Irish Sovereignty on the Brink

Steve McCann
American Thinker

Ireland, a country to which nearly 40 million Americans can trace their ancestry, is on the brink of insolvency and a loss of sovereignty.

In the 1990s and the early part of this decade, Ireland’s growth rate had earned it the nickname of “the Celtic Tiger.” Supported by EU budget assistance, low corporate tax rates, and a labor force boosted by a spike in the working-age population, it became a key European location for U.S. foreign investment. The economic story of the 1990s was largely about export growth, but the growth of the mid-2000s, by contrast, was driven by large-scale construction and real estate investment utilizing historically low interest rates.

Nearly all of this boom was financed with borrowed cash. From 2003 to 2007, the Irish banking system imported funds equivalent to over 50% of the nation’s Gross Domestic Product, thus triggering a runaway real estate and construction bubble.

Cheap loans, with a tacit nudge by the government, were virtually forced upon the Irish people. Mortgages amounting to 120% of the cost of overpriced apartments were taken out, with the cash left over used to purchase new cars or other consumer items. Consumers became dangerously indebted, as Irish household borrowing (2009) stood at $43,200, nearly twice the eurozone average.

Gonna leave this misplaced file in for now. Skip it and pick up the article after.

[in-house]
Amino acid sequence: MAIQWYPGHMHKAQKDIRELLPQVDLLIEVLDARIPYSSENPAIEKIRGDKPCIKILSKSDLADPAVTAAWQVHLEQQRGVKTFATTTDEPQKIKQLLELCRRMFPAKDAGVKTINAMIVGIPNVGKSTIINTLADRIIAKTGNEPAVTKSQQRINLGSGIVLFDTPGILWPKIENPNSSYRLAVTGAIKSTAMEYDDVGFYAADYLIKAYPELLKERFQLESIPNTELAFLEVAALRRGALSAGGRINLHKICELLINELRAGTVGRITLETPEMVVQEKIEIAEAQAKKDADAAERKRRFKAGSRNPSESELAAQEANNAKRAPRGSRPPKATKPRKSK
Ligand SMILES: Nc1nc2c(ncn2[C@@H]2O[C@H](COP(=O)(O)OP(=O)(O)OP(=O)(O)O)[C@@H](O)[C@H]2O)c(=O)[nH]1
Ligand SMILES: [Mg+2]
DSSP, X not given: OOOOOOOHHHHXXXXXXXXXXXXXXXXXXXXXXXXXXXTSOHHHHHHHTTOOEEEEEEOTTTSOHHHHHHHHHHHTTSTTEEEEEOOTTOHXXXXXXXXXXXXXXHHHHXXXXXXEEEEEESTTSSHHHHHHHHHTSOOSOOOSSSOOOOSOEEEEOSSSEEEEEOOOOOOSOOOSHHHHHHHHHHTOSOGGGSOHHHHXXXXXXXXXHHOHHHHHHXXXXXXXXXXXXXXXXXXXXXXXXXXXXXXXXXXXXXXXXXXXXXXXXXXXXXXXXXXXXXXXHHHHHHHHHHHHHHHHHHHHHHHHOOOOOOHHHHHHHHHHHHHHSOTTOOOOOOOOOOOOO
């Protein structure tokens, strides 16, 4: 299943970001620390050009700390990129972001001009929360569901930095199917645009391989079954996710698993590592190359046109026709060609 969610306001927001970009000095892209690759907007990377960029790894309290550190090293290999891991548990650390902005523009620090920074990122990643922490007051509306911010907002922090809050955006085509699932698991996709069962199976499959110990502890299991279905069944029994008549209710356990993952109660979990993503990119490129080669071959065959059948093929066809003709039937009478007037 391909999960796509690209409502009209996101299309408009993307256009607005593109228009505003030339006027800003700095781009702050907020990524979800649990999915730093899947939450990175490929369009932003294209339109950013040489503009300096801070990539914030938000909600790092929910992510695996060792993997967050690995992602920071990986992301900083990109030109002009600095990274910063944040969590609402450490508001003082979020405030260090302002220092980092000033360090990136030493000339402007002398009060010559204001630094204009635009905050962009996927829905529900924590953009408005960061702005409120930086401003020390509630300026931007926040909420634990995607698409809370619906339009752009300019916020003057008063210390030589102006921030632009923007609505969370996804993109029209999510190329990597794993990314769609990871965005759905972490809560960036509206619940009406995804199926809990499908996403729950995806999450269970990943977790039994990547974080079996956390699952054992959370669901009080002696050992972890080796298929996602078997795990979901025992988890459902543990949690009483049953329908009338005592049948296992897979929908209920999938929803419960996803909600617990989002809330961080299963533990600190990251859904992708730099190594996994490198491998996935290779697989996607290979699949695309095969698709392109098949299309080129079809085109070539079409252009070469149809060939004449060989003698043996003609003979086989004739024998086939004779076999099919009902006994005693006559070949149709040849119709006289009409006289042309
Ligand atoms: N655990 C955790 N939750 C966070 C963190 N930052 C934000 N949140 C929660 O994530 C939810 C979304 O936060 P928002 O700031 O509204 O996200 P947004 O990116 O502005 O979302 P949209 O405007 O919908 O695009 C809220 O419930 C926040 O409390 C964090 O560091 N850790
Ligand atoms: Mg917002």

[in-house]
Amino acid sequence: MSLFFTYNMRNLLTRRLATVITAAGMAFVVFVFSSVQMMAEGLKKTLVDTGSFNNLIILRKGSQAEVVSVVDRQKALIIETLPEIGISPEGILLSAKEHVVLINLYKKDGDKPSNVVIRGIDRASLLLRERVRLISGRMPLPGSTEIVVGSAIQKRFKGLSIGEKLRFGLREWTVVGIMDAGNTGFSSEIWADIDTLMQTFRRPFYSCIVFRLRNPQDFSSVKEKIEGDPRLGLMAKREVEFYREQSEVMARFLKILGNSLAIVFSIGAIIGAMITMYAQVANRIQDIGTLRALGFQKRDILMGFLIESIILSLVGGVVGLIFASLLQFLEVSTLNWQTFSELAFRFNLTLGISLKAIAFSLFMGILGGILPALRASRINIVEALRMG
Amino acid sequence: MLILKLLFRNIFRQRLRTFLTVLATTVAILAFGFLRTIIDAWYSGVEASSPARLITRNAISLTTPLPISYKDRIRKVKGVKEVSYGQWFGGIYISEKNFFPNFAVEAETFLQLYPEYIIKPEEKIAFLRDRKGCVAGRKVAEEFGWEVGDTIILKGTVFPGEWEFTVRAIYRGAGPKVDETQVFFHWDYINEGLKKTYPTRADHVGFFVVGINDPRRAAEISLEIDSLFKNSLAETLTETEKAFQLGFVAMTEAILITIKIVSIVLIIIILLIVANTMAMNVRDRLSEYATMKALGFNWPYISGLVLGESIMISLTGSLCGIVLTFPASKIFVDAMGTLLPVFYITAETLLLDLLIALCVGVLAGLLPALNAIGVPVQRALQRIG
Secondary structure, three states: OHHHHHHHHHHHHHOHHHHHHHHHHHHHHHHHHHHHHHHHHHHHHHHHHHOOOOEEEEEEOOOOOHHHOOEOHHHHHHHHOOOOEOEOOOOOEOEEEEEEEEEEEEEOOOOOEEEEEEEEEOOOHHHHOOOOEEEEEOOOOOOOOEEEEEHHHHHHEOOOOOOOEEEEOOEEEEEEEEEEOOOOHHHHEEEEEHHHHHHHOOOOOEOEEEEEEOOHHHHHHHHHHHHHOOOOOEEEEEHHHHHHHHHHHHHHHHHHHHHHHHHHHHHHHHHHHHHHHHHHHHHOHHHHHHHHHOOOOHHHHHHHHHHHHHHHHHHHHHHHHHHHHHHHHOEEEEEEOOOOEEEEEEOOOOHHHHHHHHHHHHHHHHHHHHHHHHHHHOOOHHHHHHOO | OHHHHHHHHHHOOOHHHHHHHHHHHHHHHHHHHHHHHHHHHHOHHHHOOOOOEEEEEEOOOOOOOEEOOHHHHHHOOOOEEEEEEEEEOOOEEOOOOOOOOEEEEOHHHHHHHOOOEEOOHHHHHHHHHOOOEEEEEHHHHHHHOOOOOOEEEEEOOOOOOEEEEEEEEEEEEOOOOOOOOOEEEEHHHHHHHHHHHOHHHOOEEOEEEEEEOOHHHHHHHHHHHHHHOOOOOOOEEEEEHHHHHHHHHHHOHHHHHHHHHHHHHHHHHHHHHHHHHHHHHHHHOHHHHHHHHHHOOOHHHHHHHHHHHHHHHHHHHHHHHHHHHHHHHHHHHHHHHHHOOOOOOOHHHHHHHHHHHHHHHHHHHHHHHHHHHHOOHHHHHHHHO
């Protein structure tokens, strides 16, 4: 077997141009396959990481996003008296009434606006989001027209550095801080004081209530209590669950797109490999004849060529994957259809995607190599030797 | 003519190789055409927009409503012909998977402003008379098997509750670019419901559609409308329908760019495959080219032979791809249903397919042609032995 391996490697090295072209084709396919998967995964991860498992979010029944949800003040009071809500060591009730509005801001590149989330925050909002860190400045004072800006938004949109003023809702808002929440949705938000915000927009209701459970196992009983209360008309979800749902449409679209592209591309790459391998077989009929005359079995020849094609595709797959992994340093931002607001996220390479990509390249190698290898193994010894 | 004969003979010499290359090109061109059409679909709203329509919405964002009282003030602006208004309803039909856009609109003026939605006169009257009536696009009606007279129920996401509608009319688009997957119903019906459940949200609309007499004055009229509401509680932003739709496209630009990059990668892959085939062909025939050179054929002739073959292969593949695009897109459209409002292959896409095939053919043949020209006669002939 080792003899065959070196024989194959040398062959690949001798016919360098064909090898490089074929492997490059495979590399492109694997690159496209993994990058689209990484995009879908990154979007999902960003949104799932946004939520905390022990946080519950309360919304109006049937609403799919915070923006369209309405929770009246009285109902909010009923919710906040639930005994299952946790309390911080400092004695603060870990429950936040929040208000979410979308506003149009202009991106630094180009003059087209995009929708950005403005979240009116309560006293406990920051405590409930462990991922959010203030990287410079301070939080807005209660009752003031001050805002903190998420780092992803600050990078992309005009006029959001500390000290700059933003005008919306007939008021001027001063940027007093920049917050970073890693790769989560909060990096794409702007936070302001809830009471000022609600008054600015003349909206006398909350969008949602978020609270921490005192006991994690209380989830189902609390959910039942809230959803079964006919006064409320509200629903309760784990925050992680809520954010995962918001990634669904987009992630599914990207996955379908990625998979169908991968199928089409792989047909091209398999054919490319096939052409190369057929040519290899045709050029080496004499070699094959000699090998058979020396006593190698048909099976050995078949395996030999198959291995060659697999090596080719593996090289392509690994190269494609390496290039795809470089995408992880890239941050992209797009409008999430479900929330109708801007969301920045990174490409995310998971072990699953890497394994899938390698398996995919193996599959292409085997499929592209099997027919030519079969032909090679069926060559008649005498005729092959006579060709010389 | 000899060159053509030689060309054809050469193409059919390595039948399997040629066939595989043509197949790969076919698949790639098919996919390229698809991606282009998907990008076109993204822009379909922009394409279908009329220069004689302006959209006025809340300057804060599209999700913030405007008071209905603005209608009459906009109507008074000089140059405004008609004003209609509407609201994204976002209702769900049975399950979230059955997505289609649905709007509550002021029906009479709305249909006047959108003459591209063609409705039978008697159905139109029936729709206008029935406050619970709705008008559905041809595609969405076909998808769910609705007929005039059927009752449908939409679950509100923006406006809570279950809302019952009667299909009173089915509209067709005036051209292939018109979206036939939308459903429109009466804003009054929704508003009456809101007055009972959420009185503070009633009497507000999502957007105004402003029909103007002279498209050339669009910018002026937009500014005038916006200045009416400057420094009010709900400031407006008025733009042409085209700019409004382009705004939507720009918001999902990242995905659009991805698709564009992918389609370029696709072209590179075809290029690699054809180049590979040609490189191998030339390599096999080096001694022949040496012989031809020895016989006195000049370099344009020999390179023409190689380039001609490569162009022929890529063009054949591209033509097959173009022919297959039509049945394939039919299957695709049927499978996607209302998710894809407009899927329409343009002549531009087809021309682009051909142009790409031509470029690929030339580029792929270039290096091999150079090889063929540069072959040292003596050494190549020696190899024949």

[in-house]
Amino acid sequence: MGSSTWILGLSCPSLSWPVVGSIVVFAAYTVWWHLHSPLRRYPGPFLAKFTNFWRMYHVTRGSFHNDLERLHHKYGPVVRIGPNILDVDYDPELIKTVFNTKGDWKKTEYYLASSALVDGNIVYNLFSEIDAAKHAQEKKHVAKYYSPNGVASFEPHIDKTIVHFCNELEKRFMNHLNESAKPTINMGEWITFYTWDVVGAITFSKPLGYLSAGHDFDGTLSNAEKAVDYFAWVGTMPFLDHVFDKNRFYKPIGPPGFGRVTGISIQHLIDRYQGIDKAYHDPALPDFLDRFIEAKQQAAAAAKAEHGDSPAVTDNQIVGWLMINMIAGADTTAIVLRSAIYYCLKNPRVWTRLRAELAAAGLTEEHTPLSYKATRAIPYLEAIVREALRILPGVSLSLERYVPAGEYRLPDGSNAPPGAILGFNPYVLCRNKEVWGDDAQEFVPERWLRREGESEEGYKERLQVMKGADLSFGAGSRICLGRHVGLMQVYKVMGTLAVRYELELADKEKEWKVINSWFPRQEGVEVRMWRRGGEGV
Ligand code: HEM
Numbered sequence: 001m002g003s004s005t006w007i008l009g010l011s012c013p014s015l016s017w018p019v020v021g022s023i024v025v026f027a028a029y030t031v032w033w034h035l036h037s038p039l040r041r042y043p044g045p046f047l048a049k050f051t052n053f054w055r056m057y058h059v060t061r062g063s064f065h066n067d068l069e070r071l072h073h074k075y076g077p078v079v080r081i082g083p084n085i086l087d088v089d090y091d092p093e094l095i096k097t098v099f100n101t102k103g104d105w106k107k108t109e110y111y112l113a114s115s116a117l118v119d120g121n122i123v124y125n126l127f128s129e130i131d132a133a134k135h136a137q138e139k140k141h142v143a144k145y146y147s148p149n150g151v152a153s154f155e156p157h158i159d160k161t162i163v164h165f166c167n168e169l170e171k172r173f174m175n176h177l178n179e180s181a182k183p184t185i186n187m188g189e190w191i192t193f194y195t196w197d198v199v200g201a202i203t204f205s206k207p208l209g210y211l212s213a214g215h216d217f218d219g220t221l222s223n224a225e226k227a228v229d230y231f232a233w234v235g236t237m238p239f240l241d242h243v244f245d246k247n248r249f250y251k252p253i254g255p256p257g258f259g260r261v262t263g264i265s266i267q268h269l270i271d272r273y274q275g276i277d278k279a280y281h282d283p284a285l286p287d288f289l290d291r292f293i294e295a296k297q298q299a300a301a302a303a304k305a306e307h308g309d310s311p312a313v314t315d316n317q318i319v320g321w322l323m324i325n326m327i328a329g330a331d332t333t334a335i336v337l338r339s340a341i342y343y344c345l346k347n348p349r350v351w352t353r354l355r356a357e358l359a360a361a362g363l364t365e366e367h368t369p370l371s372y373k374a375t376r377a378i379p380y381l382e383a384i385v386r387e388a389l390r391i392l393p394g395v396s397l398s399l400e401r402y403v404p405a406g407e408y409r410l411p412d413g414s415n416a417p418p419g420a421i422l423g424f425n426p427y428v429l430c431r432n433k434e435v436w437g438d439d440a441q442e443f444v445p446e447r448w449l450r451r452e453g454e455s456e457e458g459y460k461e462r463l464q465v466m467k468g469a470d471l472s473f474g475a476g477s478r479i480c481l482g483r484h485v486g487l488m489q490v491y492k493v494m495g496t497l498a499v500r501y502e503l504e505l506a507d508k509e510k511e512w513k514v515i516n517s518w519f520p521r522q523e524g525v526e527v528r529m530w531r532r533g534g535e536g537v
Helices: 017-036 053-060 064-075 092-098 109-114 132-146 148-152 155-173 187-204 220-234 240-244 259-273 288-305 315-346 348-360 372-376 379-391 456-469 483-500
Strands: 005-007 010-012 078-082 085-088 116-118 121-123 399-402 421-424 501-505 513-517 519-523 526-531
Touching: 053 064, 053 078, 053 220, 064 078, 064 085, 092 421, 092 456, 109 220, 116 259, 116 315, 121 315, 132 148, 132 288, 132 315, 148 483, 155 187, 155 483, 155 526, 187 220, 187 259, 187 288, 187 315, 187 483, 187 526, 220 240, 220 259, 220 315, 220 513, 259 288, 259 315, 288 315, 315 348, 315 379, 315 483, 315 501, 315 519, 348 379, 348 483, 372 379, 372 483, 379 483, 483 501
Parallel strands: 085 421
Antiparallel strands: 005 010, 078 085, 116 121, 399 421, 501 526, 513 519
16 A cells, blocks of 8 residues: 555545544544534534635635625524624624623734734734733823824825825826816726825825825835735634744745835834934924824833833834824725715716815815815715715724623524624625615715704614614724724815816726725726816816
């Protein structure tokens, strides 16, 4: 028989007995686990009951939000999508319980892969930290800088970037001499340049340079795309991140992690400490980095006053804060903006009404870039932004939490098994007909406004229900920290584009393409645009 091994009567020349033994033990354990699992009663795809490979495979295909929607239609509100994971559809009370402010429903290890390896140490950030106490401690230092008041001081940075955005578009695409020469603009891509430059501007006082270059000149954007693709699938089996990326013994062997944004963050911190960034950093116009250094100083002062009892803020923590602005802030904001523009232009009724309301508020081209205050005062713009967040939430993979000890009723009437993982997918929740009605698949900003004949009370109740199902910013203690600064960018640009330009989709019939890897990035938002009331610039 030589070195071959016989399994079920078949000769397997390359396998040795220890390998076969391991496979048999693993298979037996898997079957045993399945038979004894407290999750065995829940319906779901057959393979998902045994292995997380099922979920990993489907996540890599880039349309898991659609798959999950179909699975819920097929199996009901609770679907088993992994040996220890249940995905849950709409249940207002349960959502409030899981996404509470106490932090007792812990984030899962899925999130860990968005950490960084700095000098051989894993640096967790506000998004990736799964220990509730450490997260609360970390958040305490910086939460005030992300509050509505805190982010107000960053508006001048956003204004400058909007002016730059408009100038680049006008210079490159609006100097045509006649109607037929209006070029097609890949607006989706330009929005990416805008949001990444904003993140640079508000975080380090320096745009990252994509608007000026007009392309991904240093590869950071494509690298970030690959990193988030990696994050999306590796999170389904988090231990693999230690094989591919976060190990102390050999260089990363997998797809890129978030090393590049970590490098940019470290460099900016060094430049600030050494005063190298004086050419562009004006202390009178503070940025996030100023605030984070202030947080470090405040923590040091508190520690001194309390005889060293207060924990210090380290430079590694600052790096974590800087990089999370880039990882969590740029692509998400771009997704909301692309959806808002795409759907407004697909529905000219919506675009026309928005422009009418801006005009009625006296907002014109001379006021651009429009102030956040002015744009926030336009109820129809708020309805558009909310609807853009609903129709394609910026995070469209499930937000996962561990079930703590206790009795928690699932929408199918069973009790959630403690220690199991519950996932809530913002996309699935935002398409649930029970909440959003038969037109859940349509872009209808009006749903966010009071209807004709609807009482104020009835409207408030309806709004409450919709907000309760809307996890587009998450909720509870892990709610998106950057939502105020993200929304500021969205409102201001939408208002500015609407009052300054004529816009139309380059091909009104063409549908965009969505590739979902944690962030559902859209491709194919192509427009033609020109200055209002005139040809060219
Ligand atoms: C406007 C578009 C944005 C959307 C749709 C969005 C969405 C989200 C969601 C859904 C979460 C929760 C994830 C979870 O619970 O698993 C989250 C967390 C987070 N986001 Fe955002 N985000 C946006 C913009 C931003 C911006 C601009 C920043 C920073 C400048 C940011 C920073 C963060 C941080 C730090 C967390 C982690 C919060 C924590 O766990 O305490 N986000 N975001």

Politicians, heady with the gusher of tax receipts this boom created, could not control their penchant for spending, as their salaries and pensions, as well as entitlement spending, were dramatically increased. Public-sector employment grew by a staggering 40% since the year 2000.

New hotels, offices, and shopping centers (which were not needed) sprang up throughout much of the country. There appeared to be no end in sight as the government and banking system worked hand in hand promoting policies that created a massive financial bubble.

The world financial crisis put an end to these excesses, and the boom came to a halt practically overnight…

…the Irish people, who trusted in their leaders, their banking system, and assurances made to them by the European Union, will bear the brunt, as their country will now be subject to the vagaries of bureaucrats in Strasbourg and various capitals throughout Europe. The Irish people, who for centuries struggled against England for independence and to preserve their culture, deserve far better than this, as they will struggle for years, and perhaps decades, to get out from under these burdens.

The Irish experience should also serve as a wake-up call to American citizens, as many leaders around the world and in the United States are determined to create a new, highly centralized global financial system and government with the stated goal of ending state sovereignty.

Read the entire article at the American Thinker.

Update: Also at, Baptism of Eire

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